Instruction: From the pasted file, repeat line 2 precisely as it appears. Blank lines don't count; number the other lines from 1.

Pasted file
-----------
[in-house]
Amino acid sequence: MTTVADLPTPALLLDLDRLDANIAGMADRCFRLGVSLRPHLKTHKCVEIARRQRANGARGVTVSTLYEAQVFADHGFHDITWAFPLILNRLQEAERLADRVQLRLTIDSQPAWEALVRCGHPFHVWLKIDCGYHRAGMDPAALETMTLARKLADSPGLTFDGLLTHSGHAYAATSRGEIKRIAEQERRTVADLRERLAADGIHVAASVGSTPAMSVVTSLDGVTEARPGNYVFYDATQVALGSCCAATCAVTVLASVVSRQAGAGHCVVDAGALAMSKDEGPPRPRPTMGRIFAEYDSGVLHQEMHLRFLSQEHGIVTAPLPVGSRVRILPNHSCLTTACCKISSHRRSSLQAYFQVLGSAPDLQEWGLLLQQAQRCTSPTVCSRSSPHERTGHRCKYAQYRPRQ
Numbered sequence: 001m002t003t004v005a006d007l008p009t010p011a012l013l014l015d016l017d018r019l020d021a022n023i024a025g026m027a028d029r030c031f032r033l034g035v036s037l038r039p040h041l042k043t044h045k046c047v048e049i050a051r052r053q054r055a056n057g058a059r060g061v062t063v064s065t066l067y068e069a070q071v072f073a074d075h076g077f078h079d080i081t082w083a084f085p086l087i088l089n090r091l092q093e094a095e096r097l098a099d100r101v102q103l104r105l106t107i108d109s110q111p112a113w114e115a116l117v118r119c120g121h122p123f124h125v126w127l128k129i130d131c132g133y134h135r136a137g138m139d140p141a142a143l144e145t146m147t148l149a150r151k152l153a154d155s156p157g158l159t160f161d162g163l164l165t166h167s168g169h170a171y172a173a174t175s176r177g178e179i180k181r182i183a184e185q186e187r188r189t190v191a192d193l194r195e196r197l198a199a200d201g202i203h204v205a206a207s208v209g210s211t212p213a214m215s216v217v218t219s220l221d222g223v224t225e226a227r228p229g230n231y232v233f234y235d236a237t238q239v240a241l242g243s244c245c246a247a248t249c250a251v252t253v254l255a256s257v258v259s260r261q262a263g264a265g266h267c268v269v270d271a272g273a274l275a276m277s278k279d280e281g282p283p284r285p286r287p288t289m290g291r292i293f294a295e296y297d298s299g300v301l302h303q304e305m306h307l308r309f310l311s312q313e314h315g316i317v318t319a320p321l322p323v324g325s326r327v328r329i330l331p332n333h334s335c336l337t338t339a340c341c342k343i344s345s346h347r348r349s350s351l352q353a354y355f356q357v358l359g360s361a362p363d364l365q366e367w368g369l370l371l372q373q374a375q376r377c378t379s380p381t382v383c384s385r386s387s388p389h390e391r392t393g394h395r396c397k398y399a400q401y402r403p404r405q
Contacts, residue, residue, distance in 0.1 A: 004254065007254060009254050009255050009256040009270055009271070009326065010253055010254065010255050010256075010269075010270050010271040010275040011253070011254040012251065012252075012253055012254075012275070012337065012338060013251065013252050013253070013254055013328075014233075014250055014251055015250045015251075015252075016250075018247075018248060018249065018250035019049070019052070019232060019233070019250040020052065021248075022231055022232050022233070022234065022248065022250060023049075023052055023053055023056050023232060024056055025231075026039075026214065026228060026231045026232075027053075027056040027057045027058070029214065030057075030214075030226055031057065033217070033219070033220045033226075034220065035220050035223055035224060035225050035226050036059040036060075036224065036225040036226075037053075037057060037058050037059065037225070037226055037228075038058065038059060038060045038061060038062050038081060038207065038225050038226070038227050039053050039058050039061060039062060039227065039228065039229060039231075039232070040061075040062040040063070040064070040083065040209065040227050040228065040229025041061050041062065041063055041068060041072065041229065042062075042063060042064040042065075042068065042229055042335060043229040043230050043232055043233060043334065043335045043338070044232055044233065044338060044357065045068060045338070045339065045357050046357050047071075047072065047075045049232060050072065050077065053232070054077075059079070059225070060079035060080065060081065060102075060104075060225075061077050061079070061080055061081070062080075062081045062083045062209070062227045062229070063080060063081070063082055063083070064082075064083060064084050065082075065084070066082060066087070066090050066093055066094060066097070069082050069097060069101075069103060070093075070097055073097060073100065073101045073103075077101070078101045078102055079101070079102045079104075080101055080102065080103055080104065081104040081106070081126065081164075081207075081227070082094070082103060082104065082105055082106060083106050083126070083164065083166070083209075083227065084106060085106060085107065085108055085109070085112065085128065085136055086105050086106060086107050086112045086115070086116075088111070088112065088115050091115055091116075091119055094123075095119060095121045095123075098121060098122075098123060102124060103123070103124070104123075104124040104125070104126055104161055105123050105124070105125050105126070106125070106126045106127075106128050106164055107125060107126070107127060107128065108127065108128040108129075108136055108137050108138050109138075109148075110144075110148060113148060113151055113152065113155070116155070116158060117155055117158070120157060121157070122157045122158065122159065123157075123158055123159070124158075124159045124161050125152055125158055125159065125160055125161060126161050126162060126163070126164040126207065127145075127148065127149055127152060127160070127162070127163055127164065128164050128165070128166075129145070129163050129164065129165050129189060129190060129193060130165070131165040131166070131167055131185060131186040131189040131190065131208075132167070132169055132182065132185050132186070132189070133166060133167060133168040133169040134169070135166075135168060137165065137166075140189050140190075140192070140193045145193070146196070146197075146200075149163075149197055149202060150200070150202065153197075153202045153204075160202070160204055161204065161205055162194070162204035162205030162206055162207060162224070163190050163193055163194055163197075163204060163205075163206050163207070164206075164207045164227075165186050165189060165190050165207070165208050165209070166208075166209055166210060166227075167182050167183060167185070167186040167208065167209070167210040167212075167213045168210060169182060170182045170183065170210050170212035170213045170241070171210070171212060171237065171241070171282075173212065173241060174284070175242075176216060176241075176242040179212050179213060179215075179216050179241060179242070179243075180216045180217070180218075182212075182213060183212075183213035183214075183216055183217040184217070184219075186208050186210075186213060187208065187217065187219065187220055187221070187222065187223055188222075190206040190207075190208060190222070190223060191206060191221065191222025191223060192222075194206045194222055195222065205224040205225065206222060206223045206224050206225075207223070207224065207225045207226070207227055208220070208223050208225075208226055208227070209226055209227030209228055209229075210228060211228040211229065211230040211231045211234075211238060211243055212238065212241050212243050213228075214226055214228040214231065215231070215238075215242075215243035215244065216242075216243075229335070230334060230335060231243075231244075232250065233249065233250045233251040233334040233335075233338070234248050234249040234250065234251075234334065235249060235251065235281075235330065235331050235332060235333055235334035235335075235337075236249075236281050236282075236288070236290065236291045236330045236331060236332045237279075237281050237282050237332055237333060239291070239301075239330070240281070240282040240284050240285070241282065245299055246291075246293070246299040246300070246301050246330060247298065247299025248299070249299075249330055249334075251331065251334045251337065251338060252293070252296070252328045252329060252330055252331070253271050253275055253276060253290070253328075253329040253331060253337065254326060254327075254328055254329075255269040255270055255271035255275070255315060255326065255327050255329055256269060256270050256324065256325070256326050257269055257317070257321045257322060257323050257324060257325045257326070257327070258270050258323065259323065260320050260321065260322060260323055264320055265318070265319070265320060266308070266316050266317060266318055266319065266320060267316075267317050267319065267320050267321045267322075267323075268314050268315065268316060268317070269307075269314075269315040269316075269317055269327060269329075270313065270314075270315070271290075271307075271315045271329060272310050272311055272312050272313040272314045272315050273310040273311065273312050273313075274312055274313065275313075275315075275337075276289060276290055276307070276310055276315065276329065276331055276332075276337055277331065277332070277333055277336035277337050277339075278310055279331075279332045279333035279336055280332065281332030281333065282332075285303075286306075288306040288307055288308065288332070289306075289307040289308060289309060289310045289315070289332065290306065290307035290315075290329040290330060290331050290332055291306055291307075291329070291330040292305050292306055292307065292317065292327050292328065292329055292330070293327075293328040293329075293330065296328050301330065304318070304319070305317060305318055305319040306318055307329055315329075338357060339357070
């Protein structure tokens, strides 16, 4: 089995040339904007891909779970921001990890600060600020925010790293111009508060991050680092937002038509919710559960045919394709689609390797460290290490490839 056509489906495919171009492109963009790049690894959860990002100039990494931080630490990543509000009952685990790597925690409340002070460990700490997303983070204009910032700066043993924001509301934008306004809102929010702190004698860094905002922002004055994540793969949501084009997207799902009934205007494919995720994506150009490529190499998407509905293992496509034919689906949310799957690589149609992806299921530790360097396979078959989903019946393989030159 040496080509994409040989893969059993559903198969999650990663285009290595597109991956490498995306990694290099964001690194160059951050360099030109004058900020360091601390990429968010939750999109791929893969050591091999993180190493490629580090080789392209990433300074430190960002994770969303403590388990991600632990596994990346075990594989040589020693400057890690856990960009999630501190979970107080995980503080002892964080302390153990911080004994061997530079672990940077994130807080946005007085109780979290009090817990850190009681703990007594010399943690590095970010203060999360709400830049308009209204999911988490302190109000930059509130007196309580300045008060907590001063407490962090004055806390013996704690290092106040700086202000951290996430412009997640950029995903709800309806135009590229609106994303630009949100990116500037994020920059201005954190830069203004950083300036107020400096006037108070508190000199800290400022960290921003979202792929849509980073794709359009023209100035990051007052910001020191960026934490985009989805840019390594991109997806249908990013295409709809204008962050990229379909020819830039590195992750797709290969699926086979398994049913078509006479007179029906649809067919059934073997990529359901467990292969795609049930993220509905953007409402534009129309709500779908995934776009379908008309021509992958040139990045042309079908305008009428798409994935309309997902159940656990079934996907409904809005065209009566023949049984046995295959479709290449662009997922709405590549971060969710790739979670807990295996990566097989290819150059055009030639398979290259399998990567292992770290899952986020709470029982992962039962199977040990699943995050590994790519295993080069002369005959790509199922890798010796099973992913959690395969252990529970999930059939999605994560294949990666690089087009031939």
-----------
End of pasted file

Amino acid sequence: MTTVADLPTPALLLDLDRLDANIAGMADRCFRLGVSLRPHLKTHKCVEIARRQRANGARGVTVSTLYEAQVFADHGFHDITWAFPLILNRLQEAERLADRVQLRLTIDSQPAWEALVRCGHPFHVWLKIDCGYHRAGMDPAALETMTLARKLADSPGLTFDGLLTHSGHAYAATSRGEIKRIAEQERRTVADLRERLAADGIHVAASVGSTPAMSVVTSLDGVTEARPGNYVFYDATQVALGSCCAATCAVTVLASVVSRQAGAGHCVVDAGALAMSKDEGPPRPRPTMGRIFAEYDSGVLHQEMHLRFLSQEHGIVTAPLPVGSRVRILPNHSCLTTACCKISSHRRSSLQAYFQVLGSAPDLQEWGLLLQQAQRCTSPTVCSRSSPHERTGHRCKYAQYRPRQ